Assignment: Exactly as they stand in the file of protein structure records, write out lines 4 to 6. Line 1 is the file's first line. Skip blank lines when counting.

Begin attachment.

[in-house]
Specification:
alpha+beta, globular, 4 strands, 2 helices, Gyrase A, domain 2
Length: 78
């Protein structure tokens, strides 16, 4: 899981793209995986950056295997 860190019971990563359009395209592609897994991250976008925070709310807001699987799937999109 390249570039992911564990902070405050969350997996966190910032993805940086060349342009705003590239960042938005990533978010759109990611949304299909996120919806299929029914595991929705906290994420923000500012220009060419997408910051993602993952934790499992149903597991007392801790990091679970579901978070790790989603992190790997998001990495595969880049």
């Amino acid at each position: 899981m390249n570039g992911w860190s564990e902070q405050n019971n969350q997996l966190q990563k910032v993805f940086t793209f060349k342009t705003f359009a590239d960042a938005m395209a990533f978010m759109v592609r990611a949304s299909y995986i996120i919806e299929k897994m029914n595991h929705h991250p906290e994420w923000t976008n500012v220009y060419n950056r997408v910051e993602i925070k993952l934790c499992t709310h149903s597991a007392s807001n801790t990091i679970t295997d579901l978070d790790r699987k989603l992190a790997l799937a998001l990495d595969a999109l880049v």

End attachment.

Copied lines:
Length: 78
């Protein structure tokens, strides 16, 4: 899981793209995986950056295997 860190019971990563359009395209592609897994991250976008925070709310807001699987799937999109 390249570039992911564990902070405050969350997996966190910032993805940086060349342009705003590239960042938005990533978010759109990611949304299909996120919806299929029914595991929705906290994420923000500012220009060419997408910051993602993952934790499992149903597991007392801790990091679970579901978070790790989603992190790997998001990495595969880049």
């Amino acid at each position: 899981m390249n570039g992911w860190s564990e902070q405050n019971n969350q997996l966190q990563k910032v993805f940086t793209f060349k342009t705003f359009a590239d960042a938005m395209a990533f978010m759109v592609r990611a949304s299909y995986i996120i919806e299929k897994m029914n595991h929705h991250p906290e994420w923000t976008n500012v220009y060419n950056r997408v910051e993602i925070k993952l934790c499992t709310h149903s597991a007392s807001n801790t990091i679970t295997d579901l978070d790790r699987k989603l992190a790997l799937a998001l990495d595969a999109l880049v």